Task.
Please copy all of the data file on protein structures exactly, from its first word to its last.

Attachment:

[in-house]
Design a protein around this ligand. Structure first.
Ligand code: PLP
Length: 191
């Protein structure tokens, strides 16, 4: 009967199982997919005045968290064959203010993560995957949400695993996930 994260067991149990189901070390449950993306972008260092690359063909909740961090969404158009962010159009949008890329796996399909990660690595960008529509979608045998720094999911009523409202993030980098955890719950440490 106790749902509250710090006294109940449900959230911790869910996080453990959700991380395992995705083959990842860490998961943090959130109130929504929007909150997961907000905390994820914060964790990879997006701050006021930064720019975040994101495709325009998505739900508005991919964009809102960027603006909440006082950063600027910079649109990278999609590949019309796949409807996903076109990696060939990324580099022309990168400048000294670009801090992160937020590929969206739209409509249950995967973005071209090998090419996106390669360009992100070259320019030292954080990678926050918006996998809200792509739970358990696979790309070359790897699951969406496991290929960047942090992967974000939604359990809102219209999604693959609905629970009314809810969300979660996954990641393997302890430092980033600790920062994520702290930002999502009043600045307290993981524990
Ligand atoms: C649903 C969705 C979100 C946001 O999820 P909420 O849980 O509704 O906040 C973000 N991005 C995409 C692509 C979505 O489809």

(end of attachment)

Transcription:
[in-house]
Design a protein around this ligand. Structure first.
Ligand code: PLP
Length: 191
């Protein structure tokens, strides 16, 4: 009967199982997919005045968290064959203010993560995957949400695993996930 994260067991149990189901070390449950993306972008260092690359063909909740961090969404158009962010159009949008890329796996399909990660690595960008529509979608045998720094999911009523409202993030980098955890719950440490 106790749902509250710090006294109940449900959230911790869910996080453990959700991380395992995705083959990842860490998961943090959130109130929504929007909150997961907000905390994820914060964790990879997006701050006021930064720019975040994101495709325009998505739900508005991919964009809102960027603006909440006082950063600027910079649109990278999609590949019309796949409807996903076109990696060939990324580099022309990168400048000294670009801090992160937020590929969206739209409509249950995967973005071209090998090419996106390669360009992100070259320019030292954080990678926050918006996998809200792509739970358990696979790309070359790897699951969406496991290929960047942090992967974000939604359990809102219209999604693959609905629970009314809810969300979660996954990641393997302890430092980033600790920062994520702290930002999502009043600045307290993981524990
Ligand atoms: C649903 C969705 C979100 C946001 O999820 P909420 O849980 O509704 O906040 C973000 N991005 C995409 C692509 C979505 O489809």